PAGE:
Surprising symptoms of anxiety

Close up of middle aged woman with hand coverying eyes

All of a sudden, you get that tight feeling in your chest. You recognise the sense of dread that fills your stomach, and start finding it difficult to breathe. Some people describe it as that flighty feeling of skipping a stair and struggling to regain your balance. These are all common symptoms of anxiety, that most people would be able to pinpoint. But what’s less common is an understanding of the surprising symptoms that aren’t quite as well known.

To help lift the lid on anxiety we’ve put together a guide to some of the lesser known symptoms. Whether you notice them in yourself or in a loved one, they should be able to help you identify anxiety, and take action.

Living in a dream

According to psychologists one of the most unusual symptoms of anxiety is feeling as though you’re watching yourself from above. Anxiety sufferers can often find themselves entering a dreamlike state, where they go through the motions but don’t actually feel present. Professionals refer to this as depersonalisation, which describes the feeling that one’s thoughts and emotions don’t belong to them. It exists because the body has entered a fight or flight mode. Rather than deal with issues, the brain simply rejects stimuli and creates a sense of disconnection.

Acne, rashes and eczema

No, acne isn’t just for teenagers. Dermatologists maintain that there’s a distinct connection between emotions and the complexion, especially when it comes to anxiety. The body interprets anxiety as stress, which boosts cortisol production. This interferes with the body’s defence systems, which can trigger adult acne, rashes, eczema and other skin conditions. If you’ve noticed your skin’s deteriorating, it could be anxiety in disguise.

Stomach churns and pains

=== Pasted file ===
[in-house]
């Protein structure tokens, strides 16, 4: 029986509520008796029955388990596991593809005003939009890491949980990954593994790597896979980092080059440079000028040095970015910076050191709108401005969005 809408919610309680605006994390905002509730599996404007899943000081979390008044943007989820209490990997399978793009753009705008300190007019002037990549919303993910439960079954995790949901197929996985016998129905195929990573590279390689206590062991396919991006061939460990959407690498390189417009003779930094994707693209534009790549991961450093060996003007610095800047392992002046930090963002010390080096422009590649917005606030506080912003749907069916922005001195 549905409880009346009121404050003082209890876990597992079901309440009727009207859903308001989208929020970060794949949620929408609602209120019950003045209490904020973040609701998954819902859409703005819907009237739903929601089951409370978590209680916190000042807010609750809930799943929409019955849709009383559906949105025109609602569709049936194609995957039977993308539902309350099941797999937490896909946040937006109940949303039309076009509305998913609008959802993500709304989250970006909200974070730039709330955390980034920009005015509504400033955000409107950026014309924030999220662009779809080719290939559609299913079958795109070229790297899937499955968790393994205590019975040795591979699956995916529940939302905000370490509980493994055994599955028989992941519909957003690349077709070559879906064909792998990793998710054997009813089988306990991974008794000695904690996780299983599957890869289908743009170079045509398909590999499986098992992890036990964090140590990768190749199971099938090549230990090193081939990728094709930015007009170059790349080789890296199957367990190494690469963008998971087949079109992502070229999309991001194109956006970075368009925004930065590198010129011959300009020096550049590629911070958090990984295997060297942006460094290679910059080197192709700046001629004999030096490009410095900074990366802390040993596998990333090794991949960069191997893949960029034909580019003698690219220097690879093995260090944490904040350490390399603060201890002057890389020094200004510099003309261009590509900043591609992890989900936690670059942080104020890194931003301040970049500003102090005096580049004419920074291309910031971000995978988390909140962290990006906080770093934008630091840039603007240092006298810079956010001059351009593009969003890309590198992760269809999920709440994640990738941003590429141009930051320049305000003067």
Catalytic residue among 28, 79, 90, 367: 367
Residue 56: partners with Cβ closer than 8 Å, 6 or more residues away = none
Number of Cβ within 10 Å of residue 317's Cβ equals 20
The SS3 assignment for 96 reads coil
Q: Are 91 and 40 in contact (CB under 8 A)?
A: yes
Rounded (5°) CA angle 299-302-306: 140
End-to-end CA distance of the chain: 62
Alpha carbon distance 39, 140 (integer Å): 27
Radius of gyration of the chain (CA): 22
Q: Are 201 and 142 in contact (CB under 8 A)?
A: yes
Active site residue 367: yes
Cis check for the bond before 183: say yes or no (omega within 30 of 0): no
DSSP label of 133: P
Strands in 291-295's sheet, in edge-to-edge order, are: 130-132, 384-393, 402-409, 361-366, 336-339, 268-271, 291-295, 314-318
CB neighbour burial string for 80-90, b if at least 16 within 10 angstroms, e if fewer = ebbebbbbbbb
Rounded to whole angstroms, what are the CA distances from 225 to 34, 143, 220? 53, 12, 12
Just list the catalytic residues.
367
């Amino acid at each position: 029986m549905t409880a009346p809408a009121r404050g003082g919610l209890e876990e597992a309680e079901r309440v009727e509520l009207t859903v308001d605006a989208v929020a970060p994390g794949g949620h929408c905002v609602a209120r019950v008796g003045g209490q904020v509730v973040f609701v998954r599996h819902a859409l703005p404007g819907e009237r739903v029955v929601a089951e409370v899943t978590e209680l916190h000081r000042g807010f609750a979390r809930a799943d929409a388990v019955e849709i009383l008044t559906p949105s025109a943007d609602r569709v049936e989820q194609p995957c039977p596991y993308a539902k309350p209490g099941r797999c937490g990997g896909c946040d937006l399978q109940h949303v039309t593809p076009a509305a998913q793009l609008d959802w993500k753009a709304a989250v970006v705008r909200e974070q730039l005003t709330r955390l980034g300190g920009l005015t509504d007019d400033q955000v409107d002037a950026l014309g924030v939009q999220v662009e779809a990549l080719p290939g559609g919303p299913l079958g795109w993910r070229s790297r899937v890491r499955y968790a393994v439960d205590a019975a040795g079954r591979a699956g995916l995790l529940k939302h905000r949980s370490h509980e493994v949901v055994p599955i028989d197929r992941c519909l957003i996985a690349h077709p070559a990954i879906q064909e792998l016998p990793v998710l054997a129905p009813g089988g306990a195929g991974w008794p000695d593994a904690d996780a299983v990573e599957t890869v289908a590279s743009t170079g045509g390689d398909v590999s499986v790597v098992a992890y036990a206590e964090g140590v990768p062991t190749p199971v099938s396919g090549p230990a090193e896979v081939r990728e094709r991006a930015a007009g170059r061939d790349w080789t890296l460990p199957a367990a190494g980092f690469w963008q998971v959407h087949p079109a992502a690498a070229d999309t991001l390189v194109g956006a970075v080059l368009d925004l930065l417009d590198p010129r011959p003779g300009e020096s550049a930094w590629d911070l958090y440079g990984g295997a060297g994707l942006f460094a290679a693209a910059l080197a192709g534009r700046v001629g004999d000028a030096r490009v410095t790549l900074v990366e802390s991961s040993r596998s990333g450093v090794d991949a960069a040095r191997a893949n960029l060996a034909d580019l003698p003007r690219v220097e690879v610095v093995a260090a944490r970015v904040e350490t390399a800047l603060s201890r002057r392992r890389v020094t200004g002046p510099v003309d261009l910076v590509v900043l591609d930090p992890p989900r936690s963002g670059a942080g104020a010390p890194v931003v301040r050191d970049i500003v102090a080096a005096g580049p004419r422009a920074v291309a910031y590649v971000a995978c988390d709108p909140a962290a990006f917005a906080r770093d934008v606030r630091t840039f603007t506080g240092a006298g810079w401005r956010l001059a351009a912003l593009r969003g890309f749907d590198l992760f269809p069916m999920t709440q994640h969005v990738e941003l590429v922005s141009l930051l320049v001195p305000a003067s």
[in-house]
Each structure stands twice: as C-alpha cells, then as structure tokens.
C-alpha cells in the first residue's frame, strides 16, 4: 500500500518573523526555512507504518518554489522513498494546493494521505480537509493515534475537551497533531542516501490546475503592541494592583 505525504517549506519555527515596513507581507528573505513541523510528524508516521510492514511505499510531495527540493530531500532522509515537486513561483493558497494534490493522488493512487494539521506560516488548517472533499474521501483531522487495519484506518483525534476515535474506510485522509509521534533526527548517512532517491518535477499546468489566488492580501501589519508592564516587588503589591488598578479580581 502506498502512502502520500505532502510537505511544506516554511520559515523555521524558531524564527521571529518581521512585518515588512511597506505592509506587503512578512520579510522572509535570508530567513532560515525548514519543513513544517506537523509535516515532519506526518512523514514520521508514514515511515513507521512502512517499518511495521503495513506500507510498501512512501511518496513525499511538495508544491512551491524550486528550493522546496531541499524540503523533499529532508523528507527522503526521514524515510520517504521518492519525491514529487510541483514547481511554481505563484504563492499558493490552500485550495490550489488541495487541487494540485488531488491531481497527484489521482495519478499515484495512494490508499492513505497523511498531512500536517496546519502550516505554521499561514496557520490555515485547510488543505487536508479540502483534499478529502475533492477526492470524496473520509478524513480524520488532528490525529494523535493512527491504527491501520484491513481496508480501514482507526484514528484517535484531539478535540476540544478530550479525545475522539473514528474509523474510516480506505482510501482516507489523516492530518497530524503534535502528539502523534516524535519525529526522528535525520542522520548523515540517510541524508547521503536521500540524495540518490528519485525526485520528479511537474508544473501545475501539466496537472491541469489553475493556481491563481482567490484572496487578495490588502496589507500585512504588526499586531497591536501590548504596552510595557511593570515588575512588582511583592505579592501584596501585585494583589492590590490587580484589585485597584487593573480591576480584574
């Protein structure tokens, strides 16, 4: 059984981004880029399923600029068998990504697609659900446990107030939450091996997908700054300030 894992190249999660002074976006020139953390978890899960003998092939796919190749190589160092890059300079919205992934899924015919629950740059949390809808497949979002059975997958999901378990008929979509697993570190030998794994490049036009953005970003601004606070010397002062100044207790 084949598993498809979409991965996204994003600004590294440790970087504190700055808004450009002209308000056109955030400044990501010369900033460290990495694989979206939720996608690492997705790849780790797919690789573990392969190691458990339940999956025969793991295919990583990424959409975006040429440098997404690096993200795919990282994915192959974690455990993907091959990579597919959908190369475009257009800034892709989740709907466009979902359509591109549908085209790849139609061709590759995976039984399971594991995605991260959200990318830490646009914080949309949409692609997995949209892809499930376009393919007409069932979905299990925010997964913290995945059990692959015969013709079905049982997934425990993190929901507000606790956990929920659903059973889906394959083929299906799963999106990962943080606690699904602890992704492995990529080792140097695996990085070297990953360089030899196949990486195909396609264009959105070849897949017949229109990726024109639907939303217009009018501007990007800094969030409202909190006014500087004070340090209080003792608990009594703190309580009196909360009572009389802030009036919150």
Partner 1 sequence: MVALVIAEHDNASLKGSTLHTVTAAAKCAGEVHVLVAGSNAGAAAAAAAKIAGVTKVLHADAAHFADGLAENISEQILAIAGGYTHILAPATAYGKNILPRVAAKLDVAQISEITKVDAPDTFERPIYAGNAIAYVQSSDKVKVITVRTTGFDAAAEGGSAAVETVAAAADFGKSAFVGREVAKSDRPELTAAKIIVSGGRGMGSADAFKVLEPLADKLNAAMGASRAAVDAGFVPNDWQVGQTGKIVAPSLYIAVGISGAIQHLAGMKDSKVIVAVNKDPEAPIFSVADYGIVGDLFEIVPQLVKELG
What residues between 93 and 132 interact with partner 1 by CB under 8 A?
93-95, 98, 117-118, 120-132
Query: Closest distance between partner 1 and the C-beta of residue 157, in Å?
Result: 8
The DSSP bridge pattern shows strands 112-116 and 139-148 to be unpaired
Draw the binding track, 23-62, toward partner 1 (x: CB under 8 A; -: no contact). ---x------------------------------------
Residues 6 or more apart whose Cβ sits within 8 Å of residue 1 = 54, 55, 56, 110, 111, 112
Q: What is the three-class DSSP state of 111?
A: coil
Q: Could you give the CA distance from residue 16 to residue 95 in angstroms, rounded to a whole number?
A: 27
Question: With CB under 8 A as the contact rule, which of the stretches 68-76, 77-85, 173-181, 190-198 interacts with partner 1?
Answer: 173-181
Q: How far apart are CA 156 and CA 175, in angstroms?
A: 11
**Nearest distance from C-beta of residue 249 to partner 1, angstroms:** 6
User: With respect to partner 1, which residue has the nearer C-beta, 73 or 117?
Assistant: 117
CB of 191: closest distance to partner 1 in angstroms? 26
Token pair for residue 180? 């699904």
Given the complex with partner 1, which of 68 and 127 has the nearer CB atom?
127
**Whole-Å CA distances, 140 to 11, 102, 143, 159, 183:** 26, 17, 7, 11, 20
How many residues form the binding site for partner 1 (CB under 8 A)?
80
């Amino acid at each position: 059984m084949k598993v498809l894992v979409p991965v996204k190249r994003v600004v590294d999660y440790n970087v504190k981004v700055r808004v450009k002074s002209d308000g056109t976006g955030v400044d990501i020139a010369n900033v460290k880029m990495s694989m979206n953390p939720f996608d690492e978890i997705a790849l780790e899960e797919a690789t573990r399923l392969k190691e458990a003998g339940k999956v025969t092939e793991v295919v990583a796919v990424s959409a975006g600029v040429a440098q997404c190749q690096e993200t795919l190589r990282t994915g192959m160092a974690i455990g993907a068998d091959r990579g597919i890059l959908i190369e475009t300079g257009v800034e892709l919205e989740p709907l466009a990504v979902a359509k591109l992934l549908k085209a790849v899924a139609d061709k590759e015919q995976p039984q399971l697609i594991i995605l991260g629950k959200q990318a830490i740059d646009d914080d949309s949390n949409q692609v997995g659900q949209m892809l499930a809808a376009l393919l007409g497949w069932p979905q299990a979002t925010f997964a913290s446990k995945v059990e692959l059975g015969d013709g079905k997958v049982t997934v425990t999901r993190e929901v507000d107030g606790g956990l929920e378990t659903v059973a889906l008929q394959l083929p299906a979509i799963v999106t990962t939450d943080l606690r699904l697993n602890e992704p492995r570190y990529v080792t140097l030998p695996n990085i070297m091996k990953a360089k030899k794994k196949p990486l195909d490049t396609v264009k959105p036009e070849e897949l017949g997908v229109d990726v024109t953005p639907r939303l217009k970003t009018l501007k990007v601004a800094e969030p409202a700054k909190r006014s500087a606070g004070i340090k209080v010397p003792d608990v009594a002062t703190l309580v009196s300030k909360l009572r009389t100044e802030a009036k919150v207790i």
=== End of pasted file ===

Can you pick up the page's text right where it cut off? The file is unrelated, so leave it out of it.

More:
That sinking feeling in the pit of your stomach is one thing. But did you know that anxiety can also trigger physical pain in the gut? Beginning at the brainstem and extending all the way down to the stomach, the vagus nerve lets you know when you’re feeling pain or discomfort. During states of anxiety it can work in overtime, and send pain signals that aren’t really there. Experts also explain that anxiety is one of the most common causes of Irritable Bowel Syndrome (IBS). If you’re an IBS sufferer, perhaps a relaxing yoga session could be just what the doctor ordered.

Flailing focus

It can be hard to stay focussed at the best of time, but throw anxiety into the mix and you may feel as though you’re spiralling out of control. When the body reacts to stress brain functioning takes a hit, and it’s much easier to feel distracted, restless and forgetful.

Close up of middle aged woman with hand coverying eyes

Tightness and tension

No, you probably didn’t just get a bad night’s sleep or overdo it at the gym. If you suffer from anxiety, tightness and tension in the muscles is a bona fide side effect. Jaw strain is common, as is a feeling of stiffness around the neck and shoulders. Yes, you can definitely get a massage. But ultimately the best way to combat tension triggered by anxiety is with a lifestyle change.

On average, around 6% of New Zealanders experience psychological distress. Knowing and understanding the symptoms is a critical part of tackling mental health, and helping both yourself and loved ones live a happier, healthier life.